You can see a list of the items that BYU recycles here. You can watch a video about BYU's recycling program here (the video possesses perhaps the sweetest soundtrack in the history recycling videos). Seeing the list of items BYU recycles I assumed you saw the location of the compost recycling. After watching that video with the sweet, sweet soundtrack, I'm more convinced of this.

In essence, yes, they are recycling dirt. But, if you watch the video (the one with the great soundtrack) you'll see that other types of recycling are done at non-dirt pile locations.

-Humble Master
Question #41705 posted on 12/24/2007 3:01 a.m.

Dear writers,

Adam and Eve came to this earth perfect. Can you explain to me why God made them so gullible. They obviously showed human emotions/flaws for example, Adam was lonely when all the animals had mates, and he didn't. Eve gave in easily to temptation. So did Adam. They lacked a basic sense of judgement.

1. how can you be perfect when you are so easily wavered by temptation. I guess you can argue that they were just "innocent"
Did God see it coming? That they were going to eat from the forbidden tree? And why was the tree even there? To test them? Was it part of the plan?
im starting to confuse myself.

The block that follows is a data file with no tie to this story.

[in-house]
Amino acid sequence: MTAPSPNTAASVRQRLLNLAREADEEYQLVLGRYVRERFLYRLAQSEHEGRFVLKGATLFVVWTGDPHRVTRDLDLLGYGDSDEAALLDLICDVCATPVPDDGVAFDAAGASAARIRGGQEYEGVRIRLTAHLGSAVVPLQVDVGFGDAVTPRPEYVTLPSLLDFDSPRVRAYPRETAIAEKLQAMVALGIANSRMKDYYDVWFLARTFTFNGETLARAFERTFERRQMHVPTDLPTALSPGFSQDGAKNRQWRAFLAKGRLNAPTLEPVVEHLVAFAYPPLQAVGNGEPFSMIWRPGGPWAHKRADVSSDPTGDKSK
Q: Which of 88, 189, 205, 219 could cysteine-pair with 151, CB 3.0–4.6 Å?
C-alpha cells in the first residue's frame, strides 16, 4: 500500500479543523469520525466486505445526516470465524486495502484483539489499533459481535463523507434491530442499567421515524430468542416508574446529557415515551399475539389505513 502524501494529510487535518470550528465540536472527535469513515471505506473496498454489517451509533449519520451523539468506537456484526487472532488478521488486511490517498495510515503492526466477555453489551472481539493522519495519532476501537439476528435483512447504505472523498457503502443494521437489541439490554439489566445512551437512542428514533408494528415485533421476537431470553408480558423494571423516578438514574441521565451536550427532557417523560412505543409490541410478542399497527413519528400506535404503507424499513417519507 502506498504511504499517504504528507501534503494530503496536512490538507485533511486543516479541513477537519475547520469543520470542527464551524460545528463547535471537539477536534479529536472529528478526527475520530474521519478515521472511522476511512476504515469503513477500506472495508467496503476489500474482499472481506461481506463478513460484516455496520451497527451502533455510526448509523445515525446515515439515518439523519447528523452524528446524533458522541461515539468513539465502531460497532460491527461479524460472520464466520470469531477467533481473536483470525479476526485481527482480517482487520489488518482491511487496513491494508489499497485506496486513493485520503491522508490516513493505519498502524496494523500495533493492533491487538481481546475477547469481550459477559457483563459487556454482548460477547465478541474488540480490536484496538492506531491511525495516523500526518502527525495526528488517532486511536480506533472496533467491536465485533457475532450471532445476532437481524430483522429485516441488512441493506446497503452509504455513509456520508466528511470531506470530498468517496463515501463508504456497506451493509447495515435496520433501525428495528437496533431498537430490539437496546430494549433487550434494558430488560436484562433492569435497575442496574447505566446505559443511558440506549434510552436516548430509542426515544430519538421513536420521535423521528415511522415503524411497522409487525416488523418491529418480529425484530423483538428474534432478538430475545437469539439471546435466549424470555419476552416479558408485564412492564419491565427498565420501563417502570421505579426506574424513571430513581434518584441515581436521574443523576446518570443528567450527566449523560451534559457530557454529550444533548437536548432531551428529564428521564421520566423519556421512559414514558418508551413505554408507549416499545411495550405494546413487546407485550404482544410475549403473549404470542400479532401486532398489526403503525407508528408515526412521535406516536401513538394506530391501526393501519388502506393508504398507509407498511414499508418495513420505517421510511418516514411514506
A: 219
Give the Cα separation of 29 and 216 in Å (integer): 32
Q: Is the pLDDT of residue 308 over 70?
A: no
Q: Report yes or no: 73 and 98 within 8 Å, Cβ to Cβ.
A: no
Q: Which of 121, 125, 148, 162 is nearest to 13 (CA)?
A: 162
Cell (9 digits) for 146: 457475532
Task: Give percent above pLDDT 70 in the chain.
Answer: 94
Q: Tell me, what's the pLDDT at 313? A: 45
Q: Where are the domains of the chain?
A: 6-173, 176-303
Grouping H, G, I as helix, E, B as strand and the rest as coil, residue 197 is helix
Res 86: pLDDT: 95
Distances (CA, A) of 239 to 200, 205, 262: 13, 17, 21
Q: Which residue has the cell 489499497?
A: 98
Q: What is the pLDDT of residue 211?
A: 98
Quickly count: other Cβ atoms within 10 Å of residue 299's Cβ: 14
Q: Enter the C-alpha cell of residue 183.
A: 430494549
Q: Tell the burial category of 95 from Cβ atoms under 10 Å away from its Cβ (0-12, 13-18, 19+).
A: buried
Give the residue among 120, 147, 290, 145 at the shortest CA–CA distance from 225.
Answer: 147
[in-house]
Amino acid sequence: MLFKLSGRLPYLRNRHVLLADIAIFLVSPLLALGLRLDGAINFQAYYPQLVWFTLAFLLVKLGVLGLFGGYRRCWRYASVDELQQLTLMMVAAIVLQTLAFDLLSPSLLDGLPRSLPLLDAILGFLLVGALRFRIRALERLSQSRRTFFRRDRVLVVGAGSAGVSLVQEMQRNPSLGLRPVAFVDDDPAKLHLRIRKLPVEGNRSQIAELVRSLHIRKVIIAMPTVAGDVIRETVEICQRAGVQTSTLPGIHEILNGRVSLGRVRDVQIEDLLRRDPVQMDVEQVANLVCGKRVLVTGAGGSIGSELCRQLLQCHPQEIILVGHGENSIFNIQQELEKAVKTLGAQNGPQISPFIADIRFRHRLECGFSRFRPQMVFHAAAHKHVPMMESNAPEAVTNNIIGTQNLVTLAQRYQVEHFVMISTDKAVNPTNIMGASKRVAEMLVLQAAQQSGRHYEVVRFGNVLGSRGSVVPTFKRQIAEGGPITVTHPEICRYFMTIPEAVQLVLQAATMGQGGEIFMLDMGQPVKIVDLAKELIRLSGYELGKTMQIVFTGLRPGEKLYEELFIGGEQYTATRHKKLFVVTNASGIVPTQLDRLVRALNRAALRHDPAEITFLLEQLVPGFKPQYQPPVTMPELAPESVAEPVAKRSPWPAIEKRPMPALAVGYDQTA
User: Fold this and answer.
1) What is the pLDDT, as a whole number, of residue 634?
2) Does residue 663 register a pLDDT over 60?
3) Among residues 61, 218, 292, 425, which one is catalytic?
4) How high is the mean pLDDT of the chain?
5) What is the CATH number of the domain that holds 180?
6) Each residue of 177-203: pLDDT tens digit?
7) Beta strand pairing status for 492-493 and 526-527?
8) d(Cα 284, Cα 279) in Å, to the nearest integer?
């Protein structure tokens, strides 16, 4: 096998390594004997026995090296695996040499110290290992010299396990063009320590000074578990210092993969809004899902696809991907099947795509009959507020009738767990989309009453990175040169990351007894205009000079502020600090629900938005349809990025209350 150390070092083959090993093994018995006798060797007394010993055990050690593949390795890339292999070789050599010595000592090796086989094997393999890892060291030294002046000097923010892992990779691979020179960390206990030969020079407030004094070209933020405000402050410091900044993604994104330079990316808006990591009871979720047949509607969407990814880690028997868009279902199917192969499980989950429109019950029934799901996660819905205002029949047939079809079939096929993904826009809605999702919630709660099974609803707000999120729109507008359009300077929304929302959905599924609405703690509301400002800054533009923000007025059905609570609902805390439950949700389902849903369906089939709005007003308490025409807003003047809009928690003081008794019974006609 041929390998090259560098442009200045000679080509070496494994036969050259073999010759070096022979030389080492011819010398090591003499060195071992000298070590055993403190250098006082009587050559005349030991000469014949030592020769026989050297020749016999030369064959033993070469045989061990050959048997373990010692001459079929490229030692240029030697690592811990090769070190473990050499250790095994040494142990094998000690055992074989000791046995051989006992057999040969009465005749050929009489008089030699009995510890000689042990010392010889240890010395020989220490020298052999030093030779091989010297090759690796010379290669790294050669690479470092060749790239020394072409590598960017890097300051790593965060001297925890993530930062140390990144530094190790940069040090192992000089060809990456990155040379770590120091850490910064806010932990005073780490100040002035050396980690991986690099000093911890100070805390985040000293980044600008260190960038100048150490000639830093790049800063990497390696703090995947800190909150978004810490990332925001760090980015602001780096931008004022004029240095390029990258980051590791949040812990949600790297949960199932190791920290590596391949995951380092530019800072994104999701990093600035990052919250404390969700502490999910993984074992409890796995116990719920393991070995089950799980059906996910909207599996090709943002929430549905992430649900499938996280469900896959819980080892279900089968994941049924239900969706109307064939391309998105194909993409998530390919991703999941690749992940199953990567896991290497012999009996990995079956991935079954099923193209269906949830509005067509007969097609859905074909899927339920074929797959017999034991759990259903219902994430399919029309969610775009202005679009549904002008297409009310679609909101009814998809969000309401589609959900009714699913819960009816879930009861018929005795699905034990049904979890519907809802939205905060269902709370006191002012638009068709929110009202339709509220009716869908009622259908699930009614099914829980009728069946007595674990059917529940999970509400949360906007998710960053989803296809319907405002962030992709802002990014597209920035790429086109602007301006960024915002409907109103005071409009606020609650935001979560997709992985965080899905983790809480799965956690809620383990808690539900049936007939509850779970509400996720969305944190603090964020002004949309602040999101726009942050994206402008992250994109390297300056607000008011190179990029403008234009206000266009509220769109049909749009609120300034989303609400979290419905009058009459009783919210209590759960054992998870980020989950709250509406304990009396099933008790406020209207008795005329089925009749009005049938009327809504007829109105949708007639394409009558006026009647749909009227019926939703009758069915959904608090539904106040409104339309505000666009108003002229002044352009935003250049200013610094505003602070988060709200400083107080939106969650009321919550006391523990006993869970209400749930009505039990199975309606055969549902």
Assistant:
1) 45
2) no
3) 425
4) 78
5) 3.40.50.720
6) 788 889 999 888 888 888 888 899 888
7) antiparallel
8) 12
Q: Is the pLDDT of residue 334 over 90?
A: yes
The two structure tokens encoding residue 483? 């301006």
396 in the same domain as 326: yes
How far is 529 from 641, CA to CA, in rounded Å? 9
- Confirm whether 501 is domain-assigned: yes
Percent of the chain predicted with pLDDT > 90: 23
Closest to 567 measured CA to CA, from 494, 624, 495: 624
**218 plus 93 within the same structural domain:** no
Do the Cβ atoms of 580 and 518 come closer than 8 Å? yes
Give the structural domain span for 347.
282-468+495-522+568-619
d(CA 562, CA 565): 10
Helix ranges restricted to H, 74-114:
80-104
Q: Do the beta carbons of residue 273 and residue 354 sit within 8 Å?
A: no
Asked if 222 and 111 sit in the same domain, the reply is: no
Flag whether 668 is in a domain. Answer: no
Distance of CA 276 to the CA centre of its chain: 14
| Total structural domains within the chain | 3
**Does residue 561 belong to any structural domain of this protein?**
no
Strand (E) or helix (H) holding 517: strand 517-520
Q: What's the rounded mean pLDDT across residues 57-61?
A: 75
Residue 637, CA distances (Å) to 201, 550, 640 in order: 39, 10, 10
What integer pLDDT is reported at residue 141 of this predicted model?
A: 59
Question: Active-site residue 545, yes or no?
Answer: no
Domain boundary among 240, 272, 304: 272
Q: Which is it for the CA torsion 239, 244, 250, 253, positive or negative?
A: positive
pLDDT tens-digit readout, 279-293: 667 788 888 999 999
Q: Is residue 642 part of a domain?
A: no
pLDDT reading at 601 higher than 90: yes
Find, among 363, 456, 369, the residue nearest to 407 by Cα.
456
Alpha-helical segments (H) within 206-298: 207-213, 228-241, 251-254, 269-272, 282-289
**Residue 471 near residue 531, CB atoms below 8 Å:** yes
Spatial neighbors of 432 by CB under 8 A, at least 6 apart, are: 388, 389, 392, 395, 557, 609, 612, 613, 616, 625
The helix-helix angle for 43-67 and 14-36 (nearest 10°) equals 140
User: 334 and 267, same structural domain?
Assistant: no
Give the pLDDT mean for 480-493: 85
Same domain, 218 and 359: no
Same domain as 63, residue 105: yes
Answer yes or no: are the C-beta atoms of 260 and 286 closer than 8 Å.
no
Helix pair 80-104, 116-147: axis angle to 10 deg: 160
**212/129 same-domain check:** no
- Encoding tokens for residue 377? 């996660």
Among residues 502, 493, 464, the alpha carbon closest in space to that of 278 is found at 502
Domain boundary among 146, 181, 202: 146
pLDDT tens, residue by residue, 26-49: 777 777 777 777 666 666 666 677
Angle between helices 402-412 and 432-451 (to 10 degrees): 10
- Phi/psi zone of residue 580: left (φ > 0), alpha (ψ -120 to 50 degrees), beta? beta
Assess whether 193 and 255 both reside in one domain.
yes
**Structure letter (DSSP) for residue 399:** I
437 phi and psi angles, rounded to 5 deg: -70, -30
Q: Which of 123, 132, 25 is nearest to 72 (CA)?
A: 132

2. Do you not aggree that the Bible is some what flawed?

- btw, Cognoscente i understand that you didnt get my sense of humour. And obviously do not share my love for sarcasm. But how could i have possibly "butchered" the english language. Or is it just part of your persona to be a cognoscente?

- IB pro.

A: Dear Advil,

I'm not Cognoscente, but for what it's worth, the term "butcher" may be only a slight overstatement. Man alive, read over this question! I could go through and point out every error in the grammar, but that's not really pertinent. Besides, I don't claim to have a perfect grasp on the English language, so far be it from me to set myself up as a grammar master. Oh, and I didn't really get your joke either. By the way.

To the questions!

Think of your favorite three year old. If you pretend to pull a penny out of their ear, they are ABSOLUTELY CONVINCED that you have performed the greatest miracle of all time. Does this make them imperfect? Of course not! They're as pure as the driven snow.